TikTok Is Too Popular To Ban

Plus: Police sue Afroman for using footage from raid, California bill could ban popular junk foods, and more...


TikTok's popularity poses a problem for those who wish to ban it. TikTok CEO Shou Zi Chew is scheduled to testify before the House Energy and Commerce Committee today amid intensifying calls in the White House and Congress for the U.S. to ban the video app. TikTok foes say that because it's owned by a Chinese parent company, ByteDance, it poses a national security threat.

Of course, no one has been able to fully articulate how this alleged threat works. There's a lot of vague hand waving about consumer data and grave warnings about the Chinese government—though what Chinese authorities would want or do with data on your average TikTok user, or how that would threaten national security, is unclear. (A plausible case may be made for disallowing use by government officials and guardians of state secrets, but that's about it.) Nor is there any indication that TikTok actually is sharing U.S. user data with the Chinese government—though people who suggest this often act like it's self-evident and they shouldn't need to proffer any proof.

Investigative journalists have tried hard to find evidence that TikTok is leaking data to Chinese authorities, but to no avail.

"I haven't found any evidence" of "the company handing over data to Chinese authorities, or security risks associated with its connection to the Chinese state," writes Chris Stokel-Walker—who has done ample critical reporting about the company—at Buzzfeed this week:

I've been trying for years to find any links to the Chinese state. I've spoken to scores of TikTok employees, past and present, in pursuit of such a connection. But I haven't discovered it….

Trump launched a series of online advertisements in 2020 saying, "TikTok is spying on you." It's a sentiment that has been repeated by other politicians, including Missouri Sen. Josh Hawley, who worries about TikTok's links to China.

None of this is true. At least as far as I can tell. Yet to hear politicians on both sides of the aisle talk about it, it's verifiable fact. And they want the app banned because of it.

For what it's worth, TikTok adamantly denies allegations about data sharing with the Chinese government. "TikTok has never shared, or received a request to share, U.S. user data with the Chinese government," said its CEO in prepared testimony released ahead of today's House hearing. "Nor would TikTok honor such a request if one were ever made."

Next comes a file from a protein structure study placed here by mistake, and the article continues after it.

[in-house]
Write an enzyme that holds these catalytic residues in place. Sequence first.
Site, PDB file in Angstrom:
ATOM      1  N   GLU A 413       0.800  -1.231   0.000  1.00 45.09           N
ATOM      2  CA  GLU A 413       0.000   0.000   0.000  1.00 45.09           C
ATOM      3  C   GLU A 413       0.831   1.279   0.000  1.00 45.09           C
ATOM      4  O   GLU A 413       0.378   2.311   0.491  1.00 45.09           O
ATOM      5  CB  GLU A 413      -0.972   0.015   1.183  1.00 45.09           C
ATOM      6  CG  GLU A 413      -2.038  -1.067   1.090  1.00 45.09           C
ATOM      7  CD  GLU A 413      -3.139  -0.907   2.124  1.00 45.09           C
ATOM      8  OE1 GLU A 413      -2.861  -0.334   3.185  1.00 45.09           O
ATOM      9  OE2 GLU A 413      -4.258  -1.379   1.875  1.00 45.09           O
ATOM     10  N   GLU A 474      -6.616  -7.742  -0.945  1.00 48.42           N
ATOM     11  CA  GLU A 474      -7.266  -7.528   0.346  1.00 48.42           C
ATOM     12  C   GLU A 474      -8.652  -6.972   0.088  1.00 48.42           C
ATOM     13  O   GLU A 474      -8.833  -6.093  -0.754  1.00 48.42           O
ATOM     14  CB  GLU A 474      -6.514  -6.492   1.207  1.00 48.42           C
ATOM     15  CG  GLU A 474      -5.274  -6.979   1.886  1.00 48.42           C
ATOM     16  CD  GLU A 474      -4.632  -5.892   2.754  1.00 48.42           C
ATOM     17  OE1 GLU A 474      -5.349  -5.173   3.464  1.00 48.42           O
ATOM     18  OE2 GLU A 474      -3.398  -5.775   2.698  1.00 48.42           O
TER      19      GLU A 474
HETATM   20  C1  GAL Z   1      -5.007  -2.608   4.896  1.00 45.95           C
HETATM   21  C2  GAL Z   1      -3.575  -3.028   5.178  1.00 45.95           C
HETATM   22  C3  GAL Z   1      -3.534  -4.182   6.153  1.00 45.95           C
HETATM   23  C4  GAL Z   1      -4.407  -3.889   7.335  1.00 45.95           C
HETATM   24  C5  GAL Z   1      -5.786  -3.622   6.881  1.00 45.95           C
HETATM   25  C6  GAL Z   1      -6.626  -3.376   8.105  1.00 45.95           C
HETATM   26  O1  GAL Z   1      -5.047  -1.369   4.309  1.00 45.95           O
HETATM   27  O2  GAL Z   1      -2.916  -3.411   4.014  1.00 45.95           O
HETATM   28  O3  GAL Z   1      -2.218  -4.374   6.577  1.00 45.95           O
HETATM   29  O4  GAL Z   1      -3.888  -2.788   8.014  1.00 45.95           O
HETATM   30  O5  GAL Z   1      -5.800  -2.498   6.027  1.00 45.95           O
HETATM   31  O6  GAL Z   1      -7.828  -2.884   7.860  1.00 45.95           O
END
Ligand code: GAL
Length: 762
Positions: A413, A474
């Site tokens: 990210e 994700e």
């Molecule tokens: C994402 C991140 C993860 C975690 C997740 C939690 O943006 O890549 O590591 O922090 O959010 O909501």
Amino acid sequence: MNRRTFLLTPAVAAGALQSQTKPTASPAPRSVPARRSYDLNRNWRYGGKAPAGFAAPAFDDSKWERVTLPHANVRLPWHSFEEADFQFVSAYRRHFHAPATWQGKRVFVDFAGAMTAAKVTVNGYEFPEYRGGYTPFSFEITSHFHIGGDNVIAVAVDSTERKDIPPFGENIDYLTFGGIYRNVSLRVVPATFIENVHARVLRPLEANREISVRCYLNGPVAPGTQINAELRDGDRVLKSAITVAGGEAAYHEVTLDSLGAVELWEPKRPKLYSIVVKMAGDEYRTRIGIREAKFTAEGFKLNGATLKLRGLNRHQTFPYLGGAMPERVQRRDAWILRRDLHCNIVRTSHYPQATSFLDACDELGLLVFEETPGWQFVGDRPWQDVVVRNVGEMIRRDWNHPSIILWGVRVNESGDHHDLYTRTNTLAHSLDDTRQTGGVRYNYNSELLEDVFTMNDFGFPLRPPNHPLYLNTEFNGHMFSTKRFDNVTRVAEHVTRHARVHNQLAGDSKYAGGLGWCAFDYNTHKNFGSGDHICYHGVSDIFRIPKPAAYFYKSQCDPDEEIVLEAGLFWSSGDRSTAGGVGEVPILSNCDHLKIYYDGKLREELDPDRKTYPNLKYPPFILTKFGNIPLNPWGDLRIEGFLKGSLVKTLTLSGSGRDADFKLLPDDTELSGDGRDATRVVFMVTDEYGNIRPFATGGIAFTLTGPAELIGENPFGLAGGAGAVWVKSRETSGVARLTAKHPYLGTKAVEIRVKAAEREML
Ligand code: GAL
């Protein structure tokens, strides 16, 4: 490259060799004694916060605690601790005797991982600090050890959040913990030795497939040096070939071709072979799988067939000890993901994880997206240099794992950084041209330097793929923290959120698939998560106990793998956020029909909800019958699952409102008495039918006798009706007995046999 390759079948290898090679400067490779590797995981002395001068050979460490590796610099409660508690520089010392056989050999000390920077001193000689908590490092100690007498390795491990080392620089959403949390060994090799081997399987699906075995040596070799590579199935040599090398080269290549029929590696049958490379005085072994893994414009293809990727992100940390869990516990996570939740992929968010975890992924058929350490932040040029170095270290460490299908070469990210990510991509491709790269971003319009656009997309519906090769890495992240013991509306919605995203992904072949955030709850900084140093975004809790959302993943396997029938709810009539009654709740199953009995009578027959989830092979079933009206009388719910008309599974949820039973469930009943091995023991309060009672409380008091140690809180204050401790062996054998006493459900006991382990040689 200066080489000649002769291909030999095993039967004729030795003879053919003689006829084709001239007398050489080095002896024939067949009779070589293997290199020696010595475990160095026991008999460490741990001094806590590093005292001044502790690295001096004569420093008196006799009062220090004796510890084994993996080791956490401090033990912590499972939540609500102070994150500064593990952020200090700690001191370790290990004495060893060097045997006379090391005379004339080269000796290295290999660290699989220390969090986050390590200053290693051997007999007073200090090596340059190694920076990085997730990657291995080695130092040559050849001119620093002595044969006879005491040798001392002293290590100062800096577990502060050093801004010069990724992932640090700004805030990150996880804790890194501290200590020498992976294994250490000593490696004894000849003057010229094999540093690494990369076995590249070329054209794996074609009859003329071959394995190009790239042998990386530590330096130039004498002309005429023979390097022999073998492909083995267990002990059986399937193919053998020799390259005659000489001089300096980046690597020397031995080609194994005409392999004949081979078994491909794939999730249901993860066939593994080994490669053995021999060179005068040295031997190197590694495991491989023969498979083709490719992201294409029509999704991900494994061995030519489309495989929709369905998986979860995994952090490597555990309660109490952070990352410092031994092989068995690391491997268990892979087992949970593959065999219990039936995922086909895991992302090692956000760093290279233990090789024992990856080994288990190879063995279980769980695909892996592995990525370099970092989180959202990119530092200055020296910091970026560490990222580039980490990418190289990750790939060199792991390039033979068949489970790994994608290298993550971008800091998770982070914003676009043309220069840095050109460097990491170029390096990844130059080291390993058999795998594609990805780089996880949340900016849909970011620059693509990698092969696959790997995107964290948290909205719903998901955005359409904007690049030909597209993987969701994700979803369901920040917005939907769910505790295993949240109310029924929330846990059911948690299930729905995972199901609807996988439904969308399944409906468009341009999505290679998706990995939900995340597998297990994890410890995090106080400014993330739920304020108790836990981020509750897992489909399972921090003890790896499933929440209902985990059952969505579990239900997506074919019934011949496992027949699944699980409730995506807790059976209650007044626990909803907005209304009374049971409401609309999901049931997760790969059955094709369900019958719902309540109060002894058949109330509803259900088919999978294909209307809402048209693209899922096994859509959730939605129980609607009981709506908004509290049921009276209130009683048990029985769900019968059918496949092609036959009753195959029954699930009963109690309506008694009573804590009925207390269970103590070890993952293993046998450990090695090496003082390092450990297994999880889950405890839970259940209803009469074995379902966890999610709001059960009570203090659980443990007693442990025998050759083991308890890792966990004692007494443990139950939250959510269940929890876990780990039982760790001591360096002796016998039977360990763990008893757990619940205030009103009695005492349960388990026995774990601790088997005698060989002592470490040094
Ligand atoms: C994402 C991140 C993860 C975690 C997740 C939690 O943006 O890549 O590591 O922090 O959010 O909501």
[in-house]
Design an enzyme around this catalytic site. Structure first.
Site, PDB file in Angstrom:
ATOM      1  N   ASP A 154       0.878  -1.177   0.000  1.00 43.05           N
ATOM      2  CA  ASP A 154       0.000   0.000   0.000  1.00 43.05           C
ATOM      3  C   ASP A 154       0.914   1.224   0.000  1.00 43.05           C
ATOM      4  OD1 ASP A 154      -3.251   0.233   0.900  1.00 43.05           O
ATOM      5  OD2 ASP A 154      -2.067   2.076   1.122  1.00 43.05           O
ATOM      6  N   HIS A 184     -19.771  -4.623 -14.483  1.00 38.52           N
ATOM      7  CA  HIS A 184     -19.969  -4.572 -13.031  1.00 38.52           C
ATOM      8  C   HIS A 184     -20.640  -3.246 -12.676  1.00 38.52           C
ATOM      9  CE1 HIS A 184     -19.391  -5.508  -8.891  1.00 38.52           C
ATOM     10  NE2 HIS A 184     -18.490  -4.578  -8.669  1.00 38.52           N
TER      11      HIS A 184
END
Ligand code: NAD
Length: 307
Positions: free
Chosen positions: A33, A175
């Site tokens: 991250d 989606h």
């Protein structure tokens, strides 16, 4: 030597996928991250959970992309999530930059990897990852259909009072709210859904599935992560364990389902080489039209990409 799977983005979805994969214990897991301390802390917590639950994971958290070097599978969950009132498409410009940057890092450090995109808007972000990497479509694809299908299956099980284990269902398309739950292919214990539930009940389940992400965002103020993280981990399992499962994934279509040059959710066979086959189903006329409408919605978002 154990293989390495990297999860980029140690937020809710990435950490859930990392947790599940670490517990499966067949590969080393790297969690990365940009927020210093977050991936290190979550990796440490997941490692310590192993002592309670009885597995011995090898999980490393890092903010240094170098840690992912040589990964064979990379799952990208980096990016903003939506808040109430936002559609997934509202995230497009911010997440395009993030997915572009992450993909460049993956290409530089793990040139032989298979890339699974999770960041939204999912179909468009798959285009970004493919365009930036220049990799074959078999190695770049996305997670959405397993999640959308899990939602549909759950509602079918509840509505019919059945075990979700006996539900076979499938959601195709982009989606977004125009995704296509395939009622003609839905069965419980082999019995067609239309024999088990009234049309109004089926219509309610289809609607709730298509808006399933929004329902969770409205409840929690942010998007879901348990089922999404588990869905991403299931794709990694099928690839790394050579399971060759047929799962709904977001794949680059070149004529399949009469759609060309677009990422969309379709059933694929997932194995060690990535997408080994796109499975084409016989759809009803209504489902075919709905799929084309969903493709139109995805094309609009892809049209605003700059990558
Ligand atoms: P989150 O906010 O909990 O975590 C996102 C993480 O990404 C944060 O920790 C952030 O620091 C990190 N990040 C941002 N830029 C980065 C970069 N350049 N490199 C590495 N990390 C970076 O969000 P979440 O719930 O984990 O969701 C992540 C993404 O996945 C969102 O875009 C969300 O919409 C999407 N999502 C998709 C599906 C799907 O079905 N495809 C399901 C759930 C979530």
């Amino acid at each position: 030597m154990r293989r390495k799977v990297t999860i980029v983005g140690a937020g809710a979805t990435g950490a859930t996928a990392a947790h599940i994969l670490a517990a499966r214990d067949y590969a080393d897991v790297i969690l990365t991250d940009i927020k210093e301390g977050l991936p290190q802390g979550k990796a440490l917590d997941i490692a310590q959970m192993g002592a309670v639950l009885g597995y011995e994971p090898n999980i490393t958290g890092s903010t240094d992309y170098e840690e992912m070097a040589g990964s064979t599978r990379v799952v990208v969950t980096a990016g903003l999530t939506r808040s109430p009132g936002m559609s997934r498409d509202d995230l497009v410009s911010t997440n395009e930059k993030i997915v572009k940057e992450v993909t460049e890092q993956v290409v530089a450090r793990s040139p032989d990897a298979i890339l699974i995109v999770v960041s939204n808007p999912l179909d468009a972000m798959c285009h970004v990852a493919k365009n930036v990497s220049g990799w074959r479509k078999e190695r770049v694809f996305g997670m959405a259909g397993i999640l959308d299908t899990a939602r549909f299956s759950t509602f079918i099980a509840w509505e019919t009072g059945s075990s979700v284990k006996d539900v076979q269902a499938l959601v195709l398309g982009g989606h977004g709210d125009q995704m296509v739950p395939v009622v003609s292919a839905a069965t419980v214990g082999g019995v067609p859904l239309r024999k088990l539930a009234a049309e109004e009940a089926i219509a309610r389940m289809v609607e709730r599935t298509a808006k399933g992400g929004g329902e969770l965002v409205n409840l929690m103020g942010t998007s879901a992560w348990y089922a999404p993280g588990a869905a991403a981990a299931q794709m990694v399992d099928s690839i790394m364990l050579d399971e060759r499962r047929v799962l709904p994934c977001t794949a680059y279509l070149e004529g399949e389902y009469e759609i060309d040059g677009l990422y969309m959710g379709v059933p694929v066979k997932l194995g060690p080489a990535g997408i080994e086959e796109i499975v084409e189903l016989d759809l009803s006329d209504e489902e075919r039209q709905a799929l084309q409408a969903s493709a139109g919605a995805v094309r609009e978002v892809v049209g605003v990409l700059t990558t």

"Let me state this unequivocally: ByteDance is not an agent of China or any other country," the testimony continues. "Bans are only appropriate when there are no alternatives. But we do have an alternative."

The company has been cooperating with U.S. regulators to develop protocols around user data that will help mollify security and privacy concerns. "TikTok has formed a special-purpose subsidiary, TikTok U.S. Data Security (USDS), that currently has nearly 1,500 full-time employees and contracted with Oracle to store TikTok's U.S. user data," notes Reuters. According to Chew's testimony, "Oracle has already begun inspecting TikTok's source code and will have unprecedented access to the related algorithms and data models."

And it strenuously condemned user data misuse by a small group of TikTok employees who worked on a team concerned with internal misconduct. The team reportedly accessed data on several reporters who had been covering TikTok. "We have taken disciplinary measures and none of the individuals found to have directly participated in or overseen the misguided plan remain employed at ByteDance," a ByteDance spokesperson told Buzzfeed. A TikTok spokesperson said the company had already "significantly improved and hardened [access protocols] since this incident took place." The FBI is reportedly now investigating the breach.

Alas, TikTok is far from the first social media company to misuse some user data. But in this case, the snooping—however invasive and ill-conceived—wasn't related to Chinese government aims but more mundane corporate goals: finding who inside the company was leaking information.

Whether all this will help TikTok avoid a U.S. ban is uncertain. But it has another weapon: its popularity. Not only is the app incredibly popular among Americans, especially younger Americans, but it's also become a go-to spot for digital advertising.

"In 2019, the NFL signed a multi-year deal with TikTok, and ESPN also works with the company," notes Katie Harbath in the newsletter Anchor Change. And while members of Congress have been trying to persuade against deals like these, "advertisers go where the eyeballs are."

"Policymakers are going to be in a tough spot to try to convince all these entities that a ban is going to be in their best interest," suggests Harbath. "Moreover, if they do ban TikTok, where are most of these folks likely to go? Instagram and YouTube. That doesn't help much with the anti-trust efforts these same members are pushing."

In a Washington Post survey, 41 percent of all respondents said the app should be banned, compared to just 25 percent who said it shouldn't be. But there's still lots of room for either side here: 34 percent said they weren't sure.